Development of CNT-FED began after Iijima’s invention of CNTs in 1991. Due to their excellent emission properties, CNTs had been seen as a very promising candidate as an emitter for Flat Panel Displays (FPD). Traditionally, emitters made of Si, W and Mo suffer quick performance degradation, especially under high-voltage conditions, and researchers were searching for a substitute which could maintain a high emission current density even at low operation voltages.

Table 1 shows the electron field emission characteristics of typical emissive materials64. The nano-diamond and the carbon nanotubes have had lowest turned on voltages in the range of 2~5 V/μm. The threshold emission voltages for Si and Mo emitters are within 50 and 100 V/μm. For diamonds grown by CVD this value can range from 30 to 120 V/μm. Reports show that nano-diamond can have turn-on voltages as low as those for CNTs (i.e., 3~5 V/μm). However, processing nano-diamonds as cathode emitters requires higher temperatures and is rather more complicated than fabricating CNT emitters. Fabricating CNT-FED devices involves coating and patterning CNT thin films upon an ITO glass, applying a bias voltage between the ITO glass and a positive pole with a pre-coated phosphor. The voltage bias draws electrons from the CNT tips to the phosphor plate to generate a light spot.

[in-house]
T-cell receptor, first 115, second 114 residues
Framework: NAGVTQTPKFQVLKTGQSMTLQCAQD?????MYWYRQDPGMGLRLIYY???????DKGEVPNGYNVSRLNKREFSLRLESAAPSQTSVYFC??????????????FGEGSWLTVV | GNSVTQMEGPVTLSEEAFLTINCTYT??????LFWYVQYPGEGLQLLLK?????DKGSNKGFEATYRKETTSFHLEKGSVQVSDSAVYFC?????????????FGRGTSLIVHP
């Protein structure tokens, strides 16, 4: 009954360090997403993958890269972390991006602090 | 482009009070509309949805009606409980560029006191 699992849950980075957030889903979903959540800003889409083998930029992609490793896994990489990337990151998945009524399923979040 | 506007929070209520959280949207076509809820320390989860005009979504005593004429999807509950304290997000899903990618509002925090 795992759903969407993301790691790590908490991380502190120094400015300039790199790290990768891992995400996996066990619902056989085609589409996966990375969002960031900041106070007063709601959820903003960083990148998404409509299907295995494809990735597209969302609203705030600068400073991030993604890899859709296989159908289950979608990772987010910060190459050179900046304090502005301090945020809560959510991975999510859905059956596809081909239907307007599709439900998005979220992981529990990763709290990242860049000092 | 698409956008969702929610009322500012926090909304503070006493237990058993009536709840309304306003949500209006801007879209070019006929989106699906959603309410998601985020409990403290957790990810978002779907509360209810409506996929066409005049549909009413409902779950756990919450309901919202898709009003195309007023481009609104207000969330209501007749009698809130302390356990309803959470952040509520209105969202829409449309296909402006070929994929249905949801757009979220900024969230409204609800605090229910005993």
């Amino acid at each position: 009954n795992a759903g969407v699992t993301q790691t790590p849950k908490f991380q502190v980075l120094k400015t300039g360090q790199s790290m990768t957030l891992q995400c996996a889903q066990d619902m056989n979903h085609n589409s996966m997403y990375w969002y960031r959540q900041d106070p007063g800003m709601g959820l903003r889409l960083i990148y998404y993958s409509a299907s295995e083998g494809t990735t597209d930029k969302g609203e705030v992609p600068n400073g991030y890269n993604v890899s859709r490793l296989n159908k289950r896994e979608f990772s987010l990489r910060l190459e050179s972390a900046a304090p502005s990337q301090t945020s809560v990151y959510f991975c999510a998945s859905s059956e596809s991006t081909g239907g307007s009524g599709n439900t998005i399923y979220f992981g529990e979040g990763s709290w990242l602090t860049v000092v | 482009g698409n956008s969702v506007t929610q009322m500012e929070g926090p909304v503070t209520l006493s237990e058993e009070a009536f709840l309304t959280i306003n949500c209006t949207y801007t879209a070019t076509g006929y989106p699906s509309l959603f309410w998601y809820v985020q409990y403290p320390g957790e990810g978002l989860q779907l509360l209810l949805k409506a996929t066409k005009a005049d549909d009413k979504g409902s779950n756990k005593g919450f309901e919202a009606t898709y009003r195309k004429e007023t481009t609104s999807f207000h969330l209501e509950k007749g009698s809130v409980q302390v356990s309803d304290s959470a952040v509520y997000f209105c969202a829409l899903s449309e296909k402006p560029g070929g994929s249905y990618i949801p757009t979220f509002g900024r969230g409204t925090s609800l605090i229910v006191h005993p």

Cathode material Threshold field (V/µm) for
a current density of 10 mA/cm2
Mo tips 50-100
Si tips 50-100
p-type diamond 160
Defective CVD diamond 30-120
Amorphous diamond 20-40
Cesium-coated diamond 20-30
Graphite powders 10-20
Nano-diamond 3-5 (unstable "/30 mA/cm2)
Carbon nanotubes 2-5 (stable "/1 μA/tube)

Table 1.

Electron Field Emission Characteristics of Typical Emissive Materials 64

3.1.2. Development of CNT field emission displays